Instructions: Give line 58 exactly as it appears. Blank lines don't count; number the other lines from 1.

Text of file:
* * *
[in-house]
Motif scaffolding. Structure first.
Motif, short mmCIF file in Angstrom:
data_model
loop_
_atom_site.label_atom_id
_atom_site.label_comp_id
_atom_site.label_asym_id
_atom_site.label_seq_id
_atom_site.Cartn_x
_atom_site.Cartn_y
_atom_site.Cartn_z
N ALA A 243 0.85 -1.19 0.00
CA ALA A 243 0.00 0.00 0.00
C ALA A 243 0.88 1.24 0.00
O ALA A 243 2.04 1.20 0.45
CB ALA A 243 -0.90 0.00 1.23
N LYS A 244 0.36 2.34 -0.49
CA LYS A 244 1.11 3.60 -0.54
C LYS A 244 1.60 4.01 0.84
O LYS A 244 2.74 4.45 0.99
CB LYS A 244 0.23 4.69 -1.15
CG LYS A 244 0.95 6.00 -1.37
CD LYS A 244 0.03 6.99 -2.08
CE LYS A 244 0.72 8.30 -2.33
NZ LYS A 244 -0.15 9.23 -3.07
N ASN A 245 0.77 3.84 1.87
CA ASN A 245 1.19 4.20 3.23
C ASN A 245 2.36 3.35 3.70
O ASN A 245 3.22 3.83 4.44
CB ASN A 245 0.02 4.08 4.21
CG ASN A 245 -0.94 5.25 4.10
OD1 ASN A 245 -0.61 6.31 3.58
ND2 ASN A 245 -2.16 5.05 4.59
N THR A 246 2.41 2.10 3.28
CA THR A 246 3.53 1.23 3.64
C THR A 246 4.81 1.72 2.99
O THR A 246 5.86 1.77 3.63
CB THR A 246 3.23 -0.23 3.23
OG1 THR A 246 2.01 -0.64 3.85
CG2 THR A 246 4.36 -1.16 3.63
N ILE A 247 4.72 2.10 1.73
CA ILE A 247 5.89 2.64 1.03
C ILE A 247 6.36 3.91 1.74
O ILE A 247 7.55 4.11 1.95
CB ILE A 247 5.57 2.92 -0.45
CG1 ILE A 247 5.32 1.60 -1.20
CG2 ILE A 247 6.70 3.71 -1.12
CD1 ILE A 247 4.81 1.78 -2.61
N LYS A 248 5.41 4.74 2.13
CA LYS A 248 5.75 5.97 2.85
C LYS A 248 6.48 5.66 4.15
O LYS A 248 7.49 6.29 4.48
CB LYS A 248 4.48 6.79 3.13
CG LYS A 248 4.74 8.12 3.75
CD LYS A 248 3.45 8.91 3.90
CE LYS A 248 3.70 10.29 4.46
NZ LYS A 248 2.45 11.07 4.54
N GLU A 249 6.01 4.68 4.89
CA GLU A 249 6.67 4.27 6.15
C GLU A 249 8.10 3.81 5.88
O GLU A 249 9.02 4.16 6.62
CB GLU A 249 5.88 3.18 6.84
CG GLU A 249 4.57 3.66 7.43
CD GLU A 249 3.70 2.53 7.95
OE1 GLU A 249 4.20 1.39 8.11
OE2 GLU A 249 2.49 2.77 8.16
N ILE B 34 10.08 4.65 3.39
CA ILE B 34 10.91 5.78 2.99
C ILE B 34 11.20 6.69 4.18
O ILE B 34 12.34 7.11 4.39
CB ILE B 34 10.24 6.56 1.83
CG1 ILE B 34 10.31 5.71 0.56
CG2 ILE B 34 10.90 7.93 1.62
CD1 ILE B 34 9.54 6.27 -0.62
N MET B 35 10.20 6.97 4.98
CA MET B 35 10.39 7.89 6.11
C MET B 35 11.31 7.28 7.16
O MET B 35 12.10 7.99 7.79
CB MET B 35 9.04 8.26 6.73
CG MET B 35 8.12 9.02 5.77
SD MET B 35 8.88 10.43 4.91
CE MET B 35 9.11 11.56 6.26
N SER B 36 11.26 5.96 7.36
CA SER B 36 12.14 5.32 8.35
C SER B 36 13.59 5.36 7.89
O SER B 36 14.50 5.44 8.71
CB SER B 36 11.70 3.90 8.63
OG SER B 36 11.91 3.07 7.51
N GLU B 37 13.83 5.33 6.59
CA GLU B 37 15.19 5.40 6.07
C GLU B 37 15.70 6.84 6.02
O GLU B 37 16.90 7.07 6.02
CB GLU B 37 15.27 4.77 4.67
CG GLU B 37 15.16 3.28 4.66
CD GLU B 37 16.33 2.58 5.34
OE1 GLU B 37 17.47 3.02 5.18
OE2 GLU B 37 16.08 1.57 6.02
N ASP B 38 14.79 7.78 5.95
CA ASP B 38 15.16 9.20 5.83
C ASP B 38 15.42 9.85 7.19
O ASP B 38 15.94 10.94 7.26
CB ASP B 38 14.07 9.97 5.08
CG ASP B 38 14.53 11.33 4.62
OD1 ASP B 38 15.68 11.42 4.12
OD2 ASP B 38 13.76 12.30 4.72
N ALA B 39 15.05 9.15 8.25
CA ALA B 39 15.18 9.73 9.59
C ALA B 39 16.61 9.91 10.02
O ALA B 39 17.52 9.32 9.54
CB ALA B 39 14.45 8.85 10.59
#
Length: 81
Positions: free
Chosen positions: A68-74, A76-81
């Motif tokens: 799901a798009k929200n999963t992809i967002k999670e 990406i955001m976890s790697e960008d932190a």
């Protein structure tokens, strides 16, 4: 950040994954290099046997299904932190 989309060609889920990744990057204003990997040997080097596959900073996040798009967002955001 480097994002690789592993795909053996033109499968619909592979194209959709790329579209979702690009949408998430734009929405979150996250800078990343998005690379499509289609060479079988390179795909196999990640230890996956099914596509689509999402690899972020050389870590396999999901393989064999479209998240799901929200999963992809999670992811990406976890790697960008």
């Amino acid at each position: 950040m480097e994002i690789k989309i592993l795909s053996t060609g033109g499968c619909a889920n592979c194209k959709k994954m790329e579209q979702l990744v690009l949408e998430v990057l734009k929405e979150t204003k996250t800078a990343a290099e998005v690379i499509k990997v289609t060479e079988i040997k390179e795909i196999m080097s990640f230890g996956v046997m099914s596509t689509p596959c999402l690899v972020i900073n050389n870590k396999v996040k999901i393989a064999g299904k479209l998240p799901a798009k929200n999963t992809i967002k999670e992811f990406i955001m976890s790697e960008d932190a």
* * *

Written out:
NZ LYS A 248 2.45 11.07 4.54